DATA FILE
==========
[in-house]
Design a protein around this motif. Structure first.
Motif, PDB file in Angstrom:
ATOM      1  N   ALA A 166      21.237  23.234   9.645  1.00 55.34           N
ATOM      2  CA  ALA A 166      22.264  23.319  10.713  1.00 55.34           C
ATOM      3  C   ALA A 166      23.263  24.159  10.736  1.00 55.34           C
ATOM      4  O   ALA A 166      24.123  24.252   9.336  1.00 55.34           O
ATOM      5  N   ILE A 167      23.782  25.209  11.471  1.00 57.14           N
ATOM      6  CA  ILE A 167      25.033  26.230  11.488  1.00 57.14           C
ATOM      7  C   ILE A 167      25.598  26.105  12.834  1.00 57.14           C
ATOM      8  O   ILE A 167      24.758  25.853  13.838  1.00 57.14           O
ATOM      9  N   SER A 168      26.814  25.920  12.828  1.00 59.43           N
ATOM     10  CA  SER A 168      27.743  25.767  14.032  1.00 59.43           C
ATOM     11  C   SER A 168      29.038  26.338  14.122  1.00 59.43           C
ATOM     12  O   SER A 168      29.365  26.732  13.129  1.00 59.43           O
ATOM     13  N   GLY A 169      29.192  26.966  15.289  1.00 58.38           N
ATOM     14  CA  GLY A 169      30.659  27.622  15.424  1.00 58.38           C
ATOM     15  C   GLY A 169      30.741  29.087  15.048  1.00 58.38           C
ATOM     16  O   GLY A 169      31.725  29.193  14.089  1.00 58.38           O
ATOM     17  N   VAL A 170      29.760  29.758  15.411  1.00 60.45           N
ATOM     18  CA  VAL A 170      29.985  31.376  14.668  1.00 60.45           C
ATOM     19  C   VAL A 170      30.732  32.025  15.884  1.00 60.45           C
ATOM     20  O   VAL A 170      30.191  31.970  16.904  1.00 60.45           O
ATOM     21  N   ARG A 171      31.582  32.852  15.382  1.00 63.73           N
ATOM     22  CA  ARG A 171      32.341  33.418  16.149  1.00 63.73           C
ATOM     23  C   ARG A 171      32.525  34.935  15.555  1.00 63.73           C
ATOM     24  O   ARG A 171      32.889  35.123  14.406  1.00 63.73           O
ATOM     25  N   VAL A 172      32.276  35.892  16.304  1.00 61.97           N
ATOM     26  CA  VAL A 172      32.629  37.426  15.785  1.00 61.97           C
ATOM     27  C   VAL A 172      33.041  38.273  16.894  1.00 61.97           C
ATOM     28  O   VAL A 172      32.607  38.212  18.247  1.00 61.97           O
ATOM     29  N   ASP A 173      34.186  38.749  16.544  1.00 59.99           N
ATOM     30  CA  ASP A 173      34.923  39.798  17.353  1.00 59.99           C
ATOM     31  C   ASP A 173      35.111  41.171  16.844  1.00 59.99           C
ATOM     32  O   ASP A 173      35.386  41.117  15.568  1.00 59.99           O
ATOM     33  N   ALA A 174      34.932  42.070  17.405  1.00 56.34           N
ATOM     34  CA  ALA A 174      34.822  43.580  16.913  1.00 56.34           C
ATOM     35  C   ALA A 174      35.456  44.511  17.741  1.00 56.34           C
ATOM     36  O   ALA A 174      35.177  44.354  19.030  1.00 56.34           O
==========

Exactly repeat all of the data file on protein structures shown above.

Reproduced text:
[in-house]
Design a protein around this motif. Structure first.
Motif, PDB file in Angstrom:
ATOM      1  N   ALA A 166      21.237  23.234   9.645  1.00 55.34           N
ATOM      2  CA  ALA A 166      22.264  23.319  10.713  1.00 55.34           C
ATOM      3  C   ALA A 166      23.263  24.159  10.736  1.00 55.34           C
ATOM      4  O   ALA A 166      24.123  24.252   9.336  1.00 55.34           O
ATOM      5  N   ILE A 167      23.782  25.209  11.471  1.00 57.14           N
ATOM      6  CA  ILE A 167      25.033  26.230  11.488  1.00 57.14           C
ATOM      7  C   ILE A 167      25.598  26.105  12.834  1.00 57.14           C
ATOM      8  O   ILE A 167      24.758  25.853  13.838  1.00 57.14           O
ATOM      9  N   SER A 168      26.814  25.920  12.828  1.00 59.43           N
ATOM     10  CA  SER A 168      27.743  25.767  14.032  1.00 59.43           C
ATOM     11  C   SER A 168      29.038  26.338  14.122  1.00 59.43           C
ATOM     12  O   SER A 168      29.365  26.732  13.129  1.00 59.43           O
ATOM     13  N   GLY A 169      29.192  26.966  15.289  1.00 58.38           N
ATOM     14  CA  GLY A 169      30.659  27.622  15.424  1.00 58.38           C
ATOM     15  C   GLY A 169      30.741  29.087  15.048  1.00 58.38           C
ATOM     16  O   GLY A 169      31.725  29.193  14.089  1.00 58.38           O
ATOM     17  N   VAL A 170      29.760  29.758  15.411  1.00 60.45           N
ATOM     18  CA  VAL A 170      29.985  31.376  14.668  1.00 60.45           C
ATOM     19  C   VAL A 170      30.732  32.025  15.884  1.00 60.45           C
ATOM     20  O   VAL A 170      30.191  31.970  16.904  1.00 60.45           O
ATOM     21  N   ARG A 171      31.582  32.852  15.382  1.00 63.73           N
ATOM     22  CA  ARG A 171      32.341  33.418  16.149  1.00 63.73           C
ATOM     23  C   ARG A 171      32.525  34.935  15.555  1.00 63.73           C
ATOM     24  O   ARG A 171      32.889  35.123  14.406  1.00 63.73           O
ATOM     25  N   VAL A 172      32.276  35.892  16.304  1.00 61.97           N
ATOM     26  CA  VAL A 172      32.629  37.426  15.785  1.00 61.97           C
ATOM     27  C   VAL A 172      33.041  38.273  16.894  1.00 61.97           C
ATOM     28  O   VAL A 172      32.607  38.212  18.247  1.00 61.97           O
ATOM     29  N   ASP A 173      34.186  38.749  16.544  1.00 59.99           N
ATOM     30  CA  ASP A 173      34.923  39.798  17.353  1.00 59.99           C
ATOM     31  C   ASP A 173      35.111  41.171  16.844  1.00 59.99           C
ATOM     32  O   ASP A 173      35.386  41.117  15.568  1.00 59.99           O
ATOM     33  N   ALA A 174      34.932  42.070  17.405  1.00 56.34           N
ATOM     34  CA  ALA A 174      34.822  43.580  16.913  1.00 56.34           C
ATOM     35  C   ALA A 174      35.456  44.511  17.741  1.00 56.34           C
ATOM     36  O   ALA A 174      35.177  44.354  19.030  1.00 56.34           O